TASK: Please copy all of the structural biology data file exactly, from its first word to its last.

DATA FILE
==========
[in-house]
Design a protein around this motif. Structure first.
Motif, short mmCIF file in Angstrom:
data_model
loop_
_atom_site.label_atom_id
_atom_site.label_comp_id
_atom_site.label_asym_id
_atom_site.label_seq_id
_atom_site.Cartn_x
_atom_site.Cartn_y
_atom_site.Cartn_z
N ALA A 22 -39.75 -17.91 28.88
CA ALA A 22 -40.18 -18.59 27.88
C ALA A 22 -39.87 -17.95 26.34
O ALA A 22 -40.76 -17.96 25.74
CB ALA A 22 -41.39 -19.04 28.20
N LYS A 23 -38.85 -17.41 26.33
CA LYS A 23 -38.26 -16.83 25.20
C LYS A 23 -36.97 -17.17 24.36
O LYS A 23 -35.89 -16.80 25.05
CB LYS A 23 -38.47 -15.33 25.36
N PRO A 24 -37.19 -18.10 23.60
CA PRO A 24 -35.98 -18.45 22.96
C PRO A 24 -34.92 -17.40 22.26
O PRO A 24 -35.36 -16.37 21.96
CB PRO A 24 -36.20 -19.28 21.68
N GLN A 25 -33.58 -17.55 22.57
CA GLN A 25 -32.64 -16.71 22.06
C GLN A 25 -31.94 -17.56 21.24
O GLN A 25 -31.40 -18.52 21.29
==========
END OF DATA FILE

[in-house]
Design a protein around this motif. Structure first.
Motif, short mmCIF file in Angstrom:
data_model
loop_
_atom_site.label_atom_id
_atom_site.label_comp_id
_atom_site.label_asym_id
_atom_site.label_seq_id
_atom_site.Cartn_x
_atom_site.Cartn_y
_atom_site.Cartn_z
N ALA A 22 -39.75 -17.91 28.88
CA ALA A 22 -40.18 -18.59 27.88
C ALA A 22 -39.87 -17.95 26.34
O ALA A 22 -40.76 -17.96 25.74
CB ALA A 22 -41.39 -19.04 28.20
N LYS A 23 -38.85 -17.41 26.33
CA LYS A 23 -38.26 -16.83 25.20
C LYS A 23 -36.97 -17.17 24.36
O LYS A 23 -35.89 -16.80 25.05
CB LYS A 23 -38.47 -15.33 25.36
N PRO A 24 -37.19 -18.10 23.60
CA PRO A 24 -35.98 -18.45 22.96
C PRO A 24 -34.92 -17.40 22.26
O PRO A 24 -35.36 -16.37 21.96
CB PRO A 24 -36.20 -19.28 21.68
N GLN A 25 -33.58 -17.55 22.57
CA GLN A 25 -32.64 -16.71 22.06
C GLN A 25 -31.94 -17.56 21.24
O GLN A 25 -31.40 -18.52 21.29